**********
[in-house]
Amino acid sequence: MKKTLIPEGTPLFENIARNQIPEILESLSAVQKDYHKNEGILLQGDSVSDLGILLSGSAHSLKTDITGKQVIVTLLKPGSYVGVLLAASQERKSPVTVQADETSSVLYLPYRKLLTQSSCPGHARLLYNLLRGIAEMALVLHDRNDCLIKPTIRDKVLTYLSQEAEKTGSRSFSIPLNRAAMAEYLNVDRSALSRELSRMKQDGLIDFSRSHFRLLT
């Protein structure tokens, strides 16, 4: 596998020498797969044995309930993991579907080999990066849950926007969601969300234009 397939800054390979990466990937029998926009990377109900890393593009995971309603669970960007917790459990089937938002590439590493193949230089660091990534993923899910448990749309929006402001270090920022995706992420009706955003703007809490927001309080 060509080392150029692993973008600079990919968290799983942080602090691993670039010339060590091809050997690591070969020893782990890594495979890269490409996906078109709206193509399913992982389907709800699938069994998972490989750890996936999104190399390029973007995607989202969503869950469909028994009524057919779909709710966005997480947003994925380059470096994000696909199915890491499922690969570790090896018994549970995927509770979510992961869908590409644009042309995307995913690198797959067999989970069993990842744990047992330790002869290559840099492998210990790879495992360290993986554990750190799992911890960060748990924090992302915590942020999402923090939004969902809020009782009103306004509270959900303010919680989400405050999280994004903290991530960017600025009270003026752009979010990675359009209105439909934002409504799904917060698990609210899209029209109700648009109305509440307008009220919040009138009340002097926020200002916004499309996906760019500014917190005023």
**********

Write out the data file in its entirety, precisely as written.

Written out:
[in-house]
Amino acid sequence: MKKTLIPEGTPLFENIARNQIPEILESLSAVQKDYHKNEGILLQGDSVSDLGILLSGSAHSLKTDITGKQVIVTLLKPGSYVGVLLAASQERKSPVTVQADETSSVLYLPYRKLLTQSSCPGHARLLYNLLRGIAEMALVLHDRNDCLIKPTIRDKVLTYLSQEAEKTGSRSFSIPLNRAAMAEYLNVDRSALSRELSRMKQDGLIDFSRSHFRLLT
């Protein structure tokens, strides 16, 4: 596998020498797969044995309930993991579907080999990066849950926007969601969300234009 397939800054390979990466990937029998926009990377109900890393593009995971309603669970960007917790459990089937938002590439590493193949230089660091990534993923899910448990749309929006402001270090920022995706992420009706955003703007809490927001309080 060509080392150029692993973008600079990919968290799983942080602090691993670039010339060590091809050997690591070969020893782990890594495979890269490409996906078109709206193509399913992982389907709800699938069994998972490989750890996936999104190399390029973007995607989202969503869950469909028994009524057919779909709710966005997480947003994925380059470096994000696909199915890491499922690969570790090896018994549970995927509770979510992961869908590409644009042309995307995913690198797959067999989970069993990842744990047992330790002869290559840099492998210990790879495992360290993986554990750190799992911890960060748990924090992302915590942020999402923090939004969902809020009782009103306004509270959900303010919680989400405050999280994004903290991530960017600025009270003026752009979010990675359009209105439909934002409504799904917060698990609210899209029209109700648009109305509440307008009220919040009138009340002097926020200002916004499309996906760019500014917190005023």